by using a wide array of media. I recycle materials given to me by my
Greek teachers, Z. Philip Ambrose of the University of Vermont and the
late Joseph Desmond of Tufts University, lending me a variety of methods
for approaching various aspects of grammar.
Visuals are an integral part of the course. Slides and videos are
naturally useful aids in discussing the Trojan War, the Bronze Age, and
mythology, and I am occasionally fortunate enough to bring in artifacts
and replicas. My students are especially fond of Oliver Taplin's video
series Greek Fire, which does a wonderful job illustrating topics such as
Greek myth, architecture, tragedy, science, and sex, and showing their
relevance to 20th century America and western Europe.
Despite all of these fascinating peripheral materials, our focus is on
reading ancient Greek. There is quite a bit of oral reading in class, and
I actively encourage my students to do the same at home (some read to
their pets, others lock themselves up in a closet so they cannot be heard
by family members, others read to their parents and friends). I often
critique them on submitted audio cassettes, and this frees up more time in
class for comprehension.
Understanding is facilitated by vocabulary flash cards and lists, large
morphology and syntax charts displayed in the classroom, and heavy doses
of reading at sight. This latter activity brings shudders to my Latin
students, but my Greek students are not fazed one iota. They readily
accept sight reading as a core component of the course.
As an educator in the classics, I am expected to teach derivatives and
word study units. Parents, who encourage their children to sign up for my
courses (Latin, Greek, and Etymology), generally do so for word building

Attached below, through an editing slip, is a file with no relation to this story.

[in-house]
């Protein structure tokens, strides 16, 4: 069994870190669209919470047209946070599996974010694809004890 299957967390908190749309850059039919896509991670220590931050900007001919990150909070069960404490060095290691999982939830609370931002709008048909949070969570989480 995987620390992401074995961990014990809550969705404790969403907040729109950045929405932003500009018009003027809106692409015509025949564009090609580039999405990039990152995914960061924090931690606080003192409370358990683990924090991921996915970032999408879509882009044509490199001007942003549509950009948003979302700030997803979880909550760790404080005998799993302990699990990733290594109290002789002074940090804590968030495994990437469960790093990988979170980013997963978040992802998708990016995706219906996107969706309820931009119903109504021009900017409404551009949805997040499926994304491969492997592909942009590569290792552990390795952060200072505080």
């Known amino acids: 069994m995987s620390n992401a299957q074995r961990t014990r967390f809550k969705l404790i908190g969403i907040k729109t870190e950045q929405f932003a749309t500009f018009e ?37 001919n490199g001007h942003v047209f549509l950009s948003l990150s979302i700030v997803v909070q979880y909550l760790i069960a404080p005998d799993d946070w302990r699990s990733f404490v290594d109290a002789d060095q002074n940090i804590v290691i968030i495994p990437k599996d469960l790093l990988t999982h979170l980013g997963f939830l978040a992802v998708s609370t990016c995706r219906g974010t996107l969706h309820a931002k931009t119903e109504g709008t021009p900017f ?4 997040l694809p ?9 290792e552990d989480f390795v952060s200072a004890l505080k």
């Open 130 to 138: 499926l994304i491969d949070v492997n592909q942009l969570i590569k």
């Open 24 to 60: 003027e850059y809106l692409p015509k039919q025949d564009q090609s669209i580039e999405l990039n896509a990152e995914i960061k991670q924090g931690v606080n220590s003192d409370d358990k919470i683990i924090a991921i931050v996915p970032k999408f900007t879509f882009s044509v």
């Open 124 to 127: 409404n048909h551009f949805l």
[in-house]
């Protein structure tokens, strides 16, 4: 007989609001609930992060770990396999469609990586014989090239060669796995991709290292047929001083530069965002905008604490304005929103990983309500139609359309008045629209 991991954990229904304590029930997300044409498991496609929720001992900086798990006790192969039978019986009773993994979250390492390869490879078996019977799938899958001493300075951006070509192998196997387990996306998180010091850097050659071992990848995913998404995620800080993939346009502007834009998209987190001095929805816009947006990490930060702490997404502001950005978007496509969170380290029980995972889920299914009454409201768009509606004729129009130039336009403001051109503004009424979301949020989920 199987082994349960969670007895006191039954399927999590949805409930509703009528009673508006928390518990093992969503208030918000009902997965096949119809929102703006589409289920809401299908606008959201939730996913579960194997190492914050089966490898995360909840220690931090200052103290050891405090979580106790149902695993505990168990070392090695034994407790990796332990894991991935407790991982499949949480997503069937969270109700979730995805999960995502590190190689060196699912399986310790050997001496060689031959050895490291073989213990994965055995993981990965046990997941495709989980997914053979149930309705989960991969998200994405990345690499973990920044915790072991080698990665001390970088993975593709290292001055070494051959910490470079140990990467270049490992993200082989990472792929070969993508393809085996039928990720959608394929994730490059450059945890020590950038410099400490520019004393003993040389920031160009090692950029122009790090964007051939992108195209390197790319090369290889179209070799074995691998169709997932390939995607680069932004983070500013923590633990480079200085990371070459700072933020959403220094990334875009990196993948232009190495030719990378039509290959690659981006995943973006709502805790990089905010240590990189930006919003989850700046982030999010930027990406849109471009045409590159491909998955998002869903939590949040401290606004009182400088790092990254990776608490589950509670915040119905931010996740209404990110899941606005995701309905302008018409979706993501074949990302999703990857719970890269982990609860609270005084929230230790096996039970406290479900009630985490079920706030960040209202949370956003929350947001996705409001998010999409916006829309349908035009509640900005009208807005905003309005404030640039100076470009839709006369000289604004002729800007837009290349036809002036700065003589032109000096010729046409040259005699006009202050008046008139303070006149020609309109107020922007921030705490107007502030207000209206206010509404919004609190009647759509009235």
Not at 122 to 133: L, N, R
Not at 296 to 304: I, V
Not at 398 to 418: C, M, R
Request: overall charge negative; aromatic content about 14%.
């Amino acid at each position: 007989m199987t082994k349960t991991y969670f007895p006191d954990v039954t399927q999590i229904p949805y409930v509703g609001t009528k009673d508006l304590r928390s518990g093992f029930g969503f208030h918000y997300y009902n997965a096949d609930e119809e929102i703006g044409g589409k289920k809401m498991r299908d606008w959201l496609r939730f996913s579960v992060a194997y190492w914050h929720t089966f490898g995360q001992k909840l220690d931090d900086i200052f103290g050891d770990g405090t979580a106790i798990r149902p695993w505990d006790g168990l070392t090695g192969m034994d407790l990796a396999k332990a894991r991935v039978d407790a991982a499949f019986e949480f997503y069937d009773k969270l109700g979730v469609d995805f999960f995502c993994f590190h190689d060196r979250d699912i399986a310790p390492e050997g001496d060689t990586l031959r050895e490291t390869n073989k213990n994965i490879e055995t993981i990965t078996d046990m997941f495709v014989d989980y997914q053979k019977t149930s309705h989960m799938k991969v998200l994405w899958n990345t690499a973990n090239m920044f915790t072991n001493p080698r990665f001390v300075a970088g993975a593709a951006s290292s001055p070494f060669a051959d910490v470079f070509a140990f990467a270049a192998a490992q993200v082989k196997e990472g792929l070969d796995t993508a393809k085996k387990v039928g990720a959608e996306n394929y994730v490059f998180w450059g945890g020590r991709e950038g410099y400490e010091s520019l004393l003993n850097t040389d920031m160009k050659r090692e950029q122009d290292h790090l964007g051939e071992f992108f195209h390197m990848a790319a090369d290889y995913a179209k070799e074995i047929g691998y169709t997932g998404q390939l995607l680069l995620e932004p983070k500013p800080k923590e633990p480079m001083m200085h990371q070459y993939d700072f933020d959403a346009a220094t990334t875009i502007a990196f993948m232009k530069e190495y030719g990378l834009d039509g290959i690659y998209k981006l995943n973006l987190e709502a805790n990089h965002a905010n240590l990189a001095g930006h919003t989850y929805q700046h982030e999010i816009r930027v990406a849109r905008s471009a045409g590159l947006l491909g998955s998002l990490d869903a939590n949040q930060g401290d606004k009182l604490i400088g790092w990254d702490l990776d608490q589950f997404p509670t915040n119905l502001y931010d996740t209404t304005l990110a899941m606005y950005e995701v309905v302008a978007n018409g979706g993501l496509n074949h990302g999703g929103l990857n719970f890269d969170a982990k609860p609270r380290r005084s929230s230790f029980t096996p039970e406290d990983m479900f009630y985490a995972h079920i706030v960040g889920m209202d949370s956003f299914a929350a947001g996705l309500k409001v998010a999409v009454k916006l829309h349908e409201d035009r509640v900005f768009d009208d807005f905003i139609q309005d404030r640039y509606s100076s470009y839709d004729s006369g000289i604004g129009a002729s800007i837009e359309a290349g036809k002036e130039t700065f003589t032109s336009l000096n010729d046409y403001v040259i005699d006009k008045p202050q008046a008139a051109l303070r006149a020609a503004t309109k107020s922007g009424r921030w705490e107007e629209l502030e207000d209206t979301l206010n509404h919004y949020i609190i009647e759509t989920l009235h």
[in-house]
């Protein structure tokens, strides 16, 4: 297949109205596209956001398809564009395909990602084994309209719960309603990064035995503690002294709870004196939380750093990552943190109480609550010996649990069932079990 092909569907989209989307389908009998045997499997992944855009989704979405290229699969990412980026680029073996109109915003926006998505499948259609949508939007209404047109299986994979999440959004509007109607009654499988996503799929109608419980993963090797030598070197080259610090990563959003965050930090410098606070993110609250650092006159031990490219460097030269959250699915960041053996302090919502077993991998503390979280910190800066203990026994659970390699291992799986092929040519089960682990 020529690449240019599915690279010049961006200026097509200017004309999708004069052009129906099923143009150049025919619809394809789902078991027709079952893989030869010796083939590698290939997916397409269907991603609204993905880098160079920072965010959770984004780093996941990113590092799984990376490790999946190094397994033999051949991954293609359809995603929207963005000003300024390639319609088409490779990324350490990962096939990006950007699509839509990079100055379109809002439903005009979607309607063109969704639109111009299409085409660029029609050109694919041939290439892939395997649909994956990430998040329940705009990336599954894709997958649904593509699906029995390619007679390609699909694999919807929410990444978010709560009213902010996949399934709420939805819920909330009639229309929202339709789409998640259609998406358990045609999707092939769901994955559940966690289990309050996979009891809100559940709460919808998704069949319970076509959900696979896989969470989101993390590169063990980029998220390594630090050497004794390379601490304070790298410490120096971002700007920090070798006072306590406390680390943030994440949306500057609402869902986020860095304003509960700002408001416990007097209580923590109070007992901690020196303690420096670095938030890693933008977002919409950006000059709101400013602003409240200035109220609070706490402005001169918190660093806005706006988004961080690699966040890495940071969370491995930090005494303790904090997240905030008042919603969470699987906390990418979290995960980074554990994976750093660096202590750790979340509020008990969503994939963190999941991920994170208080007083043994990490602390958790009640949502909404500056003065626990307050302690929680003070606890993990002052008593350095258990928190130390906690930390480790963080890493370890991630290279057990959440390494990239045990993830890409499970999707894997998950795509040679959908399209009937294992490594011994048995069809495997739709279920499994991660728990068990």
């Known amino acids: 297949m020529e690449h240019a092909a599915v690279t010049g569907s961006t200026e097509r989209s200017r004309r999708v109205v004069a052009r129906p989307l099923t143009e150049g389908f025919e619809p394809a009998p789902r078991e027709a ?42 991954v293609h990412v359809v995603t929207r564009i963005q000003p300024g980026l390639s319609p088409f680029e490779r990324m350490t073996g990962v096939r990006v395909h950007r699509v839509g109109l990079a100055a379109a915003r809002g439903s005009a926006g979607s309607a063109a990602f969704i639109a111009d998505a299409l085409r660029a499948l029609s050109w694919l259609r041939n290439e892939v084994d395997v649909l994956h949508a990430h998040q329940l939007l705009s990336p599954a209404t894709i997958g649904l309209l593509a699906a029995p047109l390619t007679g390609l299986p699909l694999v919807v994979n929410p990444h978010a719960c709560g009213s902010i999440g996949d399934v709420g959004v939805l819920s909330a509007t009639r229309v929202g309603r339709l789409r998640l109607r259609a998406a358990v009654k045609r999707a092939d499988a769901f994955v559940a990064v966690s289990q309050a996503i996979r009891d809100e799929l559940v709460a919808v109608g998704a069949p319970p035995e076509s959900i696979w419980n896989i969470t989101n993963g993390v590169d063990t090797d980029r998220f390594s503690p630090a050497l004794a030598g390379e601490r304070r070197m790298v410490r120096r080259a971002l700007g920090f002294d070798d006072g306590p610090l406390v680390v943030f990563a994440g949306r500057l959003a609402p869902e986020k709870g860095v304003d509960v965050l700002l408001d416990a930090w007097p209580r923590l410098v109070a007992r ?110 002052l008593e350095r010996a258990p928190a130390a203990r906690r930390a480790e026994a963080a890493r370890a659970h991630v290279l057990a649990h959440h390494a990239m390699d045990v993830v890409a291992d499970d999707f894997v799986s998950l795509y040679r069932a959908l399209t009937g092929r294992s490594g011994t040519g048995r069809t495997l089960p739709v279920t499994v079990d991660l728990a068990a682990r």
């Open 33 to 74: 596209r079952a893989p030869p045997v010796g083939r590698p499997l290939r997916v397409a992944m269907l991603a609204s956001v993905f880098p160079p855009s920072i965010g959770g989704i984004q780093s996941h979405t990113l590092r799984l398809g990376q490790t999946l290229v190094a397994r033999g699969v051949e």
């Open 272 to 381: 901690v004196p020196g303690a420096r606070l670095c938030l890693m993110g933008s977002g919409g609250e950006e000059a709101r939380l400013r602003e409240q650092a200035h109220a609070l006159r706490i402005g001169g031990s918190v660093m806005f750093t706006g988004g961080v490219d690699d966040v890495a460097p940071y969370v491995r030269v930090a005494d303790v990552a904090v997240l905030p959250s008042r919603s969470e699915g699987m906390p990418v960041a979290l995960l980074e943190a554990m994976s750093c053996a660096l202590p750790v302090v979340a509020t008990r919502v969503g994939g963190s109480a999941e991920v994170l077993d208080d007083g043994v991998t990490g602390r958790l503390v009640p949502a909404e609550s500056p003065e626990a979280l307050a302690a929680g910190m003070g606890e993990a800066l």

and SAT purposes. A fair amount of time is spent on activities pertaining
to etymology, but my students will tell you that it is my belief that the
best way to prepare for standardized verbal tests is reading. Roughly ten
percent of the lexemes found in the standard English dictionary are
derived from Greek. If one were to incorporate medical terminology, one
would find a much larger percentage of derivatives. We are now approaching
an age of heightened medical awareness, with the onslaught of AIDS and
other renegade viruses such as the new vaccine-resistant TB, and the
utility of learning Greek bases and prefixes is increasing.
Before writing this article, I gave a survey to my students, asking
them questions ranging from their motivations for taking such a course to
their expectations for using their acquired knowledge in future endeavors
(I was deliberately vague). When asked what they wanted to get out of
ancient Greek, the majority of them responded that they wanted an improved
linguistic proficiency. This proficiency may be in ancient Greek, but many
wanted a better knowledge of the English language. Other students were
primarily interested in the cultural aspects.
I asked students to state briefly their career goals and how Greek